I dragged my Mom out to our local Irish Pub where we were both plesantly surprised to find live music. We laughed as we both realized that Celtic music was about the only music that we could actually clap to.
Thinking on it, at least for me, it was some of the first music that I had listened to. Thistle and Shamrock was one of the few radio programs that I remembered. And there was a tape my mother made of one program, a tape my brother was born to, and I tape that I lost in 6th grade. We sat and talked and remembered a song called The Ferrybank Piper, to which we only knew the chorus. "So here's to the Ferrybank Piper, May his sad song never die, May his gay tune rasie your weary heart until in your grave you lie." We lamented the loss and the fact that we didn't know the actual name of the song or the artist.
We then got to talking about a song that was about growing up on the Clyde during World War II. My Mom had the lyrics somewhere, but they were on a unlocatable scrap of paper, if it had survied the move from Chicago, was buried in her closet or the basement. And memories of the lost music began to dance through my head, half remembered melodies, snippets of lyrics telling someone's story. Its increadble how music can stay with you.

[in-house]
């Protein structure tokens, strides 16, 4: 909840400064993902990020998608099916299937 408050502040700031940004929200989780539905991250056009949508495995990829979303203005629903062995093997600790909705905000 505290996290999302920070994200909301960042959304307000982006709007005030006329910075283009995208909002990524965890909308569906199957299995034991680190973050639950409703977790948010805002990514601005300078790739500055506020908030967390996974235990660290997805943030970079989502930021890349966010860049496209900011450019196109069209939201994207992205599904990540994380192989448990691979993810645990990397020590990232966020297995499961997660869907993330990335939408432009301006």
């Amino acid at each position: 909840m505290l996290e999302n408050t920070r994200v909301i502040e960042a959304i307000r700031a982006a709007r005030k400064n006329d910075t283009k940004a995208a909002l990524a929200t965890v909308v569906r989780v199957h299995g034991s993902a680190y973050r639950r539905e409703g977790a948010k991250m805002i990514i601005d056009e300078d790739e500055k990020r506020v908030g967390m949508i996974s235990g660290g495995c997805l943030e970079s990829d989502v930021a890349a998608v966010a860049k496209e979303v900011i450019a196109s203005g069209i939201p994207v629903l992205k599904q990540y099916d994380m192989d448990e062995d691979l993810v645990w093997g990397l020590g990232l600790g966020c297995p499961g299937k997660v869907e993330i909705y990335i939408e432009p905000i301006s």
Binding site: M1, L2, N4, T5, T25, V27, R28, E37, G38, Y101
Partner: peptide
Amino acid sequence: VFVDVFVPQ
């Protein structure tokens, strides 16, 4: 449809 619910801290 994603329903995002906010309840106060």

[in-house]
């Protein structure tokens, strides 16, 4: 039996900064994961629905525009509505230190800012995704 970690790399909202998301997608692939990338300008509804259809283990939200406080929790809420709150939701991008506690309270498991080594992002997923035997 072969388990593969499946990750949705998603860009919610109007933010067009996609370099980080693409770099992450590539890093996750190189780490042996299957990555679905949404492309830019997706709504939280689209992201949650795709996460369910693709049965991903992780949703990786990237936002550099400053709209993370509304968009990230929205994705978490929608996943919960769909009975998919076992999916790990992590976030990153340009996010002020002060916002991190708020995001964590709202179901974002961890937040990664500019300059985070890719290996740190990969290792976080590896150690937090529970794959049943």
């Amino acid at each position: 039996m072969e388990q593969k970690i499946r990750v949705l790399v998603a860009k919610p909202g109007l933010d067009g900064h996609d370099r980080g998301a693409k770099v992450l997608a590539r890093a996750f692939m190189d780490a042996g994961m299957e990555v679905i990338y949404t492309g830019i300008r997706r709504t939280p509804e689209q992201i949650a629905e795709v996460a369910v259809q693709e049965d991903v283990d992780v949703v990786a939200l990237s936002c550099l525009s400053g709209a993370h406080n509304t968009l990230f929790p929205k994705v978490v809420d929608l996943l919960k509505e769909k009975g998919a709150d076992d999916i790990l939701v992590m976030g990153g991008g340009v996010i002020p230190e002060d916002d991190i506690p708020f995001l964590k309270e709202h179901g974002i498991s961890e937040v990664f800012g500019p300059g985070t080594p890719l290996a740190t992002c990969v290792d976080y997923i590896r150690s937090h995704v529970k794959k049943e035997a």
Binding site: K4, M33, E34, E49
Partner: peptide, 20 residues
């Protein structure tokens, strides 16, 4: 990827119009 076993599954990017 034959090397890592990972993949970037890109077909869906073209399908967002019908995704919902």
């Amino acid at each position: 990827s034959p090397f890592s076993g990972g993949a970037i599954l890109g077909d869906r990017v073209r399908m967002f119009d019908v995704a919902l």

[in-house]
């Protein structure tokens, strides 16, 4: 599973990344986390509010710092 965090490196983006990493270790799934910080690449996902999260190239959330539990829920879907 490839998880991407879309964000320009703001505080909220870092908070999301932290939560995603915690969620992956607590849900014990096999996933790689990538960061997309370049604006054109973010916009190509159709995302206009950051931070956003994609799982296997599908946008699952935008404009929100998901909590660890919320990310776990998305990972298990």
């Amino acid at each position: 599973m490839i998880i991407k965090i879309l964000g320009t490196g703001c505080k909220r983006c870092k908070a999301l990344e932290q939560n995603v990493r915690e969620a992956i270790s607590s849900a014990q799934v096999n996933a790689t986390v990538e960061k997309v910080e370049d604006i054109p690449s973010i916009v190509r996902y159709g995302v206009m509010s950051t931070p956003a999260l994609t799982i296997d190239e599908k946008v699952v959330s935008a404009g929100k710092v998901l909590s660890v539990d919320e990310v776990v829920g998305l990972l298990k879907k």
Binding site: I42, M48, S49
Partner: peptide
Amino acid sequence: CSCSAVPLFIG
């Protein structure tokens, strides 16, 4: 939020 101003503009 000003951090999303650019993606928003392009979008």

So once we got home we started our hunt, horribly misspelling lyrics and song titles and trying to remember if this 30 second sample was the one that we had heard on that tape, or if it was another version of a much beloved song and we managed to find 6 of them, including The Ferrybank Piper,(which we misspelled as The Fairy Bank Piper) and Yonder Banks/Shipyard Appreintice.
We found them mainly by dumb luck, persuing the craziest possible route to them. And listening to these songs I began to cry, not tears of sadness, but maybe tears of something, the kind you get when you find something you once thought forever lost, in a snowy parking lot in Glenview, IL. Maybe nothing is truly ever lost, maybe its just hiding in a different place, the place where you almost give up hope of ever finding it again, like a lost tape from 1984.